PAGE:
We pull up to a modest house to find the famous Spanish actor is a ridiculously hot Spanish TV actor dude we’ve never heard of. And he’s married to a hot blonde girl. Anyhoo, as usual at LA parties pretty much everyone is fit and fabulous. There’s lots of double-cheek kissing going on which makes me nervous. I’ve never been good at this custom and never remember which way to kiss first, so my lips usually land on some stranger’s eyeball or lips or chin. This is not sexy. It’s clumsy and — according to my friends — highly comedic. I was raised to hug. At the end of the night my friend and I find ourselves leaning against the kitchen stove talking to a fabulous looking Italian “actor” who proceeds to tell us he’s been deeply in love eight times in his twenty-seven years on earth (EIGHT TIMES people — I mean, I know he’s Italian but come on!) and he repeatedly slips into the conversation that he comes from Italian “nobility” but that’s really tough for him, coming from such wealth and privilege. He’s so tired of dating models and beautiful women who don’t know how to discuss philosophy — at which point I blurt out in a kinda-sorta, possibly hostile tone: “You’re seriously telling me you want a girl to discuss philosophy with you?” Sometimes I have no filter. It’s a thing. The Italian nobleman-slash-struggling actor focuses his attention on my less hostile friend and I continue to eye him with what can only be described as gobsmacked cynicism. This guy is so totally full of shit I secretly wish I had a spy cam on me to record him so I could submit the footage to the anthropology department at UCLA. By the end of the party my mind was so amazed by this dude’s ridiculousness, I went to bed feeling how Holden Caulfield must have felt about duck ponds and humanity at large. Boggled.
Fort Worth: We’re on our way to Billy Bob’s, the largest honky tonk in the universe, which is actually in the Fort Worth stockyards, and my sister Kathryn has already married me off to our Lebanese cab driver Georgie. His name is really George, but we’re two vodka sodas and one tequila shot in (each), so my sister has taken to calling him Georgie and she keeps cooing, “I love my Georgie! I want you to marry my sister!” Georgie seems hip to the nuptials and I’m playing along from the back seat – he does seem sweet. We discuss what our centerpieces will look like.
“One side of our family is homemade jalapeno poppers and pickup trucks, and the other is store-bought TV dinners and yarmulkes…”
As per usual in Texas, by the end of our Tex-Mex dinner we were fast friends with the bartenders (hence the free tequila shots) and every single person at the bar. Eventually we exchange emails with a couple wearing head-to-toe purple TCU outfits, hug everyone within a thirty-foot radius, and say our goodbyes. Our mission at Billy Bob’s is to see the Randy Rogers band. I’m excited. I love Fort Worth, and the fact that my parents and maternal grandparents used to go to Billy Bob’s when they were young’uns makes me happy. Our paternal grandfather Big Papa went once too, which must have been an odd sight since Big Papa looks more like a Jewish mob boss than a cowboy. One side of our family is homemade jalapeno poppers and pickup trucks, and the other is store-bought TV dinners and yarmulkes. Big Papa represents the latter.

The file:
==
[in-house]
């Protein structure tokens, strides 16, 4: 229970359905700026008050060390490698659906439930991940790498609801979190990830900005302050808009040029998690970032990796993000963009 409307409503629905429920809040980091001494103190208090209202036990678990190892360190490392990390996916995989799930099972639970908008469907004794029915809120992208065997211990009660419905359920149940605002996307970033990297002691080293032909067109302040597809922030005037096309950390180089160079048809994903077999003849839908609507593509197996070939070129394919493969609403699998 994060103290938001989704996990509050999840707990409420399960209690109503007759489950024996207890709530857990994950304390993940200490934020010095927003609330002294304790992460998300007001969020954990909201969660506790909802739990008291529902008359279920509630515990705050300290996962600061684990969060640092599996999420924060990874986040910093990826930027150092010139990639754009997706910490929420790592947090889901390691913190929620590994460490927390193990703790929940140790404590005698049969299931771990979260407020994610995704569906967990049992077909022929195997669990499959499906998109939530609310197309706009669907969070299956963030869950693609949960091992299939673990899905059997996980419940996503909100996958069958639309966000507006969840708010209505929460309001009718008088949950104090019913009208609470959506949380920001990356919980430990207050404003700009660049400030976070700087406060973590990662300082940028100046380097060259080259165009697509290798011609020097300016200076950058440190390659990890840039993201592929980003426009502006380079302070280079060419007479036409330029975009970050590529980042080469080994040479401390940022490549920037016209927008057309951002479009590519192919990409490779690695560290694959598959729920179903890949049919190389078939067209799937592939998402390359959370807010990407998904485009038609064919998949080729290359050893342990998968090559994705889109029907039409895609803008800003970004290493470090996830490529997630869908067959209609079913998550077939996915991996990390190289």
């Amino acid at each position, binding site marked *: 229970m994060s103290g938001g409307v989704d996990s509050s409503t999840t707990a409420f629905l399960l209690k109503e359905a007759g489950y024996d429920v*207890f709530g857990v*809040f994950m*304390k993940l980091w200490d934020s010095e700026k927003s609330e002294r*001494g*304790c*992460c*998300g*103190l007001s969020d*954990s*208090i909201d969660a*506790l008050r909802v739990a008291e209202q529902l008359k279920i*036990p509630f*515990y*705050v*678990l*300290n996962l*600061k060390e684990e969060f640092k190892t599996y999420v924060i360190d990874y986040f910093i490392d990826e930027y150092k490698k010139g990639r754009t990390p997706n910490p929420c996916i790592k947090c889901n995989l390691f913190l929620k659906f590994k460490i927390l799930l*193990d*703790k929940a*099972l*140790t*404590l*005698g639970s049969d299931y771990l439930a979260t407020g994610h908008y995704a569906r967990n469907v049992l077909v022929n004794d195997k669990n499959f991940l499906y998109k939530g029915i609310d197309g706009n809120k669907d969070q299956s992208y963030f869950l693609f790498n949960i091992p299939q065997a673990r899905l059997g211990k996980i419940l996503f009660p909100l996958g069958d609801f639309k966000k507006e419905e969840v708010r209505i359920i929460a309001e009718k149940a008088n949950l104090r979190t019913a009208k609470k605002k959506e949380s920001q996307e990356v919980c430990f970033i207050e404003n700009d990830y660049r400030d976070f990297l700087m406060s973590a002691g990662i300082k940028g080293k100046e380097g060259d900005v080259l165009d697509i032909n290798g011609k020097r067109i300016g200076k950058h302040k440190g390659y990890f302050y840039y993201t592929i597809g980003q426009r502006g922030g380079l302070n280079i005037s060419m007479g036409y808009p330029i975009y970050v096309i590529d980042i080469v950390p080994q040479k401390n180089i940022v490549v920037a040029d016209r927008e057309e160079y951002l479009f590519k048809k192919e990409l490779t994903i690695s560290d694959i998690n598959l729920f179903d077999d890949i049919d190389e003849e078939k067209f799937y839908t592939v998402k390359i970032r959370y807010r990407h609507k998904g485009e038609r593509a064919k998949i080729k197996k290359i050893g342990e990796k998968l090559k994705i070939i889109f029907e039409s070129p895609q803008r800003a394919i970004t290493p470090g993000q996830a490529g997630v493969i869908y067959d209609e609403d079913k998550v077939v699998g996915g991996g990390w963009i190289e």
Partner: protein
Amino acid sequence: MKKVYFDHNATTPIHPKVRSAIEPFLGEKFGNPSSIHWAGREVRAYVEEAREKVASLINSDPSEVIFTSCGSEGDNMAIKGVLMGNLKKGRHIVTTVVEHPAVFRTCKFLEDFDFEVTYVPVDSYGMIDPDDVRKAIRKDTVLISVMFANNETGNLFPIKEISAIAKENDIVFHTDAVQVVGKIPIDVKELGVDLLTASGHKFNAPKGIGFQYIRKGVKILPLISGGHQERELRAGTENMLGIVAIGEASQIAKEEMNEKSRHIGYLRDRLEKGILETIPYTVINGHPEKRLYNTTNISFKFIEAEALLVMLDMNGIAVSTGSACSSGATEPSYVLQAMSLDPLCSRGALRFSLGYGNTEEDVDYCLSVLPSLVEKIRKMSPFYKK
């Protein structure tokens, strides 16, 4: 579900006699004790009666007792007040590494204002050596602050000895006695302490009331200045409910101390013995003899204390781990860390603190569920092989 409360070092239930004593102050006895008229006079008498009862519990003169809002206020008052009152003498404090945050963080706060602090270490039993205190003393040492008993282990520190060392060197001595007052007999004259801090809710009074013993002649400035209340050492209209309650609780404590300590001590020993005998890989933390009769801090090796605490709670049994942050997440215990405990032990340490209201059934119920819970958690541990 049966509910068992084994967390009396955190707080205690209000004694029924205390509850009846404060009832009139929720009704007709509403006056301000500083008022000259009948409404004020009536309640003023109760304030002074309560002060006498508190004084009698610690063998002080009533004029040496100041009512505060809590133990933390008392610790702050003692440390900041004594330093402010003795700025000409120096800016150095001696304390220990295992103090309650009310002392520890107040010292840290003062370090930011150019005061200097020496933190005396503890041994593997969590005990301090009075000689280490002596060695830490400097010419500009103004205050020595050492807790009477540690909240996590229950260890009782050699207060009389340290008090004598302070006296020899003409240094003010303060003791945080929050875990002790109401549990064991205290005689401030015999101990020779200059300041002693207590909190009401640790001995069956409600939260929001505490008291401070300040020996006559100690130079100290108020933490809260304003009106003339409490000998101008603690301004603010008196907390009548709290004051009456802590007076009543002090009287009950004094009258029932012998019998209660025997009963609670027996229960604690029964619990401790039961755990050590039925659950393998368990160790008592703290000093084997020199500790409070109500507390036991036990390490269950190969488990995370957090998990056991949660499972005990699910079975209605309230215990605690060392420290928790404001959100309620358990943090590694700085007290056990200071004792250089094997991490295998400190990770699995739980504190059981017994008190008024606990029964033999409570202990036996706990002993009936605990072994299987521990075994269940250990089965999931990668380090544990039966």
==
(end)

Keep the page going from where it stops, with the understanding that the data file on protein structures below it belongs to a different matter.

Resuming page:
Before we left for Billy Bob’s our mom kept repeating, “Now, you girls hold hands and stick together!” as if we were in junior high and heading to see Depeche Mode play at Six Flags. Once we walked into Billy Bob’s I saw her wisdom; the place is ginormous. It’s a sea of people and foamy beers and cowboy hats and mechanical bulls and we did actually lose each other several times – until we started holding hands like we were in junior high and going to see Depeche Mode at Six Flags. We met a cute cowboy-hat wearing dude in line for beer who actually took his hat OFF and tipped it when he introduced himself. I swooned a little – this behavior does not happen in Los Angeles.
We share a table with several strangers who we’re best friends with within about six seconds. Randy Rogers kills it and we’re having a damn fine time, despite the fact that our waitress turns out to be a drunk fifty-something woman with no short-term memory (we’d order three Shiner Bocks; she’d return with one Bud Light. Every time). The show ends and we gravitate toward a huge bar in the center of Billy Bob’s, and proceed to make friends with several strangers within about three point two seconds. More beers and more hugging, Texas style. No fancy-pants cheek kisses for us.
Billy Bob’s kicks everyone out and we grab another cab home. The guy’s not as charming as Georgie so Kathryn eases off on the matchmaking. We’re about five minutes from home when my sister Amy yells in my ear, “I need to pee PULL OVER!” I calmly remind her we’re in a cab, with a meter, on a freeway, four minutes from home. She turns to me, and growls like a she-devil, “You’ve never had a child you don’t know what this FEELS LIKE!!!” Her fury scares me so I just mutter, “OK.” We pull over and Amy disappears for about fifteen minutes. It suddenly dawns on me that she’s probably made best friends with someone inside the gas station and has no memory that there’s a metered cab outside with her sisters in it, so I hurry inside and lo-and-behold she’s deep in conversation with some random chick in the middle of Texaco. They hug, I drag her into the cab and we head home.
I didn’t go to sleep feeling boggled like Holden Caulfield about my night out that night. I did wake up smooshed into a small couch with Kathryn and Tanner, her eighty-five-pound Golden Retriever, feeling right at home.